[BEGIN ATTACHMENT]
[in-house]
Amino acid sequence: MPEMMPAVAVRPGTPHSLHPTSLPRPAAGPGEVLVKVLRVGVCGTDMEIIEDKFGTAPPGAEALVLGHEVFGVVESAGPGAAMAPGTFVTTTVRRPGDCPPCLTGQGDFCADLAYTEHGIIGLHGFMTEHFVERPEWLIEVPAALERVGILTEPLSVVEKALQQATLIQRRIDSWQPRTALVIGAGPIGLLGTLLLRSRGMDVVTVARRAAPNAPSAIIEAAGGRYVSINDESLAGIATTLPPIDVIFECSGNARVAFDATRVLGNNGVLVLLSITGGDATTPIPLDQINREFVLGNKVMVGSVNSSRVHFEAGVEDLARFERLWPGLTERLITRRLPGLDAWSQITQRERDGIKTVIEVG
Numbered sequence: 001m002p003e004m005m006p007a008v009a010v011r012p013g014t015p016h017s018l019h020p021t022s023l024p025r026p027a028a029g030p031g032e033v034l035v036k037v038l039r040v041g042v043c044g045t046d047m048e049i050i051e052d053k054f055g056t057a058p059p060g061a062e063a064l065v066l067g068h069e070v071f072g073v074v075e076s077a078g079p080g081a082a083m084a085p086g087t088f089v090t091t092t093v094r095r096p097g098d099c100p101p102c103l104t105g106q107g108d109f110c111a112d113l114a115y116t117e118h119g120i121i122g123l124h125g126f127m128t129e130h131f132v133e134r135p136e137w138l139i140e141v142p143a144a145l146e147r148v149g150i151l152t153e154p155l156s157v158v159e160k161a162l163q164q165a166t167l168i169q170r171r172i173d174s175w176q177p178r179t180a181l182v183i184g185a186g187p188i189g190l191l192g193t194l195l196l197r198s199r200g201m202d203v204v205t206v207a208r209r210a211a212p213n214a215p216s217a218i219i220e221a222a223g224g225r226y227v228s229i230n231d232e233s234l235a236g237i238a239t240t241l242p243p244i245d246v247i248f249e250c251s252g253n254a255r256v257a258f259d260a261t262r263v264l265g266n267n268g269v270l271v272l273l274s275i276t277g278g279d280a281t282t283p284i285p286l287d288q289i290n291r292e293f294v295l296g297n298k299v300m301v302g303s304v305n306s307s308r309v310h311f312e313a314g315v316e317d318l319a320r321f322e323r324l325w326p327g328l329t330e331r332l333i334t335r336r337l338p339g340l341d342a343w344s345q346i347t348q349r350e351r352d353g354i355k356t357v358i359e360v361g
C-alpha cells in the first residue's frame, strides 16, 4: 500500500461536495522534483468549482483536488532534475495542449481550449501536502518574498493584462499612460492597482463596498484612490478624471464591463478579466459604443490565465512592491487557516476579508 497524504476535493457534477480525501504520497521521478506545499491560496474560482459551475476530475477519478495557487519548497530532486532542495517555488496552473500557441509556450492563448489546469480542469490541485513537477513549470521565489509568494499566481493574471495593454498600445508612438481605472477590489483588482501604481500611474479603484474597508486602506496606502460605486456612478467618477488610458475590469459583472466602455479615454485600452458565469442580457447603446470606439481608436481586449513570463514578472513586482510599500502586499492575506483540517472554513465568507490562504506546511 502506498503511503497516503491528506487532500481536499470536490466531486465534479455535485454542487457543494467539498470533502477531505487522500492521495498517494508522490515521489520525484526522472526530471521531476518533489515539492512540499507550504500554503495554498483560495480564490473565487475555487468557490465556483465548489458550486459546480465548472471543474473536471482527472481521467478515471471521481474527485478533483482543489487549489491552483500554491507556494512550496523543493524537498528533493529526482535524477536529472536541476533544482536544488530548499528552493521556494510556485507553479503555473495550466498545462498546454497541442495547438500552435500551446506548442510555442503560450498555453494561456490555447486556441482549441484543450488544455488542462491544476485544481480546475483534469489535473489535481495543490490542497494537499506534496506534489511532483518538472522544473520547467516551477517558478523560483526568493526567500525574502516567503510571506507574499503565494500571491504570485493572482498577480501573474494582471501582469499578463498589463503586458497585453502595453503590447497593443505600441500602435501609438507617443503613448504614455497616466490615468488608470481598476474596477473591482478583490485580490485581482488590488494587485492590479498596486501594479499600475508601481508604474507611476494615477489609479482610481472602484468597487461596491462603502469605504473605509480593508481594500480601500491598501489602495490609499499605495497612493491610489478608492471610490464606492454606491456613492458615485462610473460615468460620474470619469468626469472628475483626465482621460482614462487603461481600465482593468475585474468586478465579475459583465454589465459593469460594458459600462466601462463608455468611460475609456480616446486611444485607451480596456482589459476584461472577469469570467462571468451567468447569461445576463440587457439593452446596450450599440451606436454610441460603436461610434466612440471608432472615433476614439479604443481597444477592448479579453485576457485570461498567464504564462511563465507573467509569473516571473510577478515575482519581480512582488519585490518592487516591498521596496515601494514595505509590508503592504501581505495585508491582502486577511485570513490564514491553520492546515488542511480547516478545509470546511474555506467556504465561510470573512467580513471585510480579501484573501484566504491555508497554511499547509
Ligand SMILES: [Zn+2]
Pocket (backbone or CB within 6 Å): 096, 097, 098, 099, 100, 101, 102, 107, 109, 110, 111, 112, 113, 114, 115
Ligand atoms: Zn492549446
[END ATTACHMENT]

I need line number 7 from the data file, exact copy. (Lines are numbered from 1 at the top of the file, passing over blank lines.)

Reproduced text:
Ligand atoms: Zn492549446